The administration is expected to act quickly to enact its energy policies. "I think this administration wants to really push the envelope and really push the industry," Noyes says. "The administration really wants to challenge the scientific, educational and business communities to come up with solutions to our energy problems-and come up with them quickly."

Carbon and Indirect Land Use
Carbon will be a primary issue facing the biodiesel industry in the future. "I think there has really been a sea change in administration here," Noyes says. This was demonstrated during Obama's first week in office when he issued a memorandum to the U.S. EPA. The memorandum requested that the agency reconsider a March 2008 decision to deny California's application for a waiver that would allow the state to adopt strict limitations on greenhouse gas tailpipe emissions. "[This also] looks like an early indicator that the Obama administration wants to see innovation from the states," Noyes says.

The establishment of a federal low-carbon fuel standard is listed prominently in the president's energy agenda. Industry leaders agree that a federal standard or carbon cap-and-trade program could significantly benefit the industry. "A low-carbon fuel standard or cap-and-trade scheme could potentially rapidly increase the amount of biodiesel used in the market," says Sara Taylor, executive director of corporate affairs for Renewable Energy Group Inc., a producer and marketer of biodiesel in Ames, Iowa.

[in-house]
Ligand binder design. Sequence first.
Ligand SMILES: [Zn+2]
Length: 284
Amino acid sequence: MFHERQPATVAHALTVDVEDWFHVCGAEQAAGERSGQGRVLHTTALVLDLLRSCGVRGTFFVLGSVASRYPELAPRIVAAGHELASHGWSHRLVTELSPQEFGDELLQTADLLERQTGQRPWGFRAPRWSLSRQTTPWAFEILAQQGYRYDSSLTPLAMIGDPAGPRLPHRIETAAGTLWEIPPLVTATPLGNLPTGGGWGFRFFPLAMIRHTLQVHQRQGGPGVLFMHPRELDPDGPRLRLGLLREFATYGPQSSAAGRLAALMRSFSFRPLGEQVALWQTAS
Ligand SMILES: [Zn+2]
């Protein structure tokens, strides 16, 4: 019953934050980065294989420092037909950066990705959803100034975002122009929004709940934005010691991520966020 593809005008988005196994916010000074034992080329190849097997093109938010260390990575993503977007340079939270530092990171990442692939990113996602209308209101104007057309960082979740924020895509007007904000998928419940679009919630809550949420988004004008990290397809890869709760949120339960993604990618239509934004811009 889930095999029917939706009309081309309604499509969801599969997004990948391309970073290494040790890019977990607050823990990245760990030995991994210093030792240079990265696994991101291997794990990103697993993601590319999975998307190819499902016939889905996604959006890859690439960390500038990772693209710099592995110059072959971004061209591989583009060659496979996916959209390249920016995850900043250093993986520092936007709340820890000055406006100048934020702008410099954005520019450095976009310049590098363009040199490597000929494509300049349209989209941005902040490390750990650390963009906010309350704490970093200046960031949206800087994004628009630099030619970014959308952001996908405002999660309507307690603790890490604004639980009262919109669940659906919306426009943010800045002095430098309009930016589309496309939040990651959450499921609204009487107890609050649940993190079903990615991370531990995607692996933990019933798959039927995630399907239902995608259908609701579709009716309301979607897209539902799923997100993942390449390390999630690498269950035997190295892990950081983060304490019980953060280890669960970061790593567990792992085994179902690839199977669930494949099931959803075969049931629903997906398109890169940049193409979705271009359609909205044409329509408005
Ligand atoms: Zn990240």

Frohlich agrees that a low-carbon fuel standard will benefit the biodiesel industry. "The U.S. biodiesel industry makes a low-carbon fuel that is produced in a sustainable manner, and the National Biodiesel Board is confident that biodiesel can play a significant positive role in the efforts to mitigate carbon emissions and address climate change," he says. "Those [carbon programs] are still big ifs at this point," Taylor says. "But, we know that they are goals that are certainly being discussed-and being discussed at an increased pace."

One issue that is not clear is the administration's position on indirect land use. As part of the proposed rulemaking for RFS 2, EPA must develop a metric to measure indirect land use and life-cycle carbon emissions. "I don't think we know where the administration stands on that," Taylor says. "We know [the administration] is very supportive of biodiesel but we've not yet heard them address international indirect land use."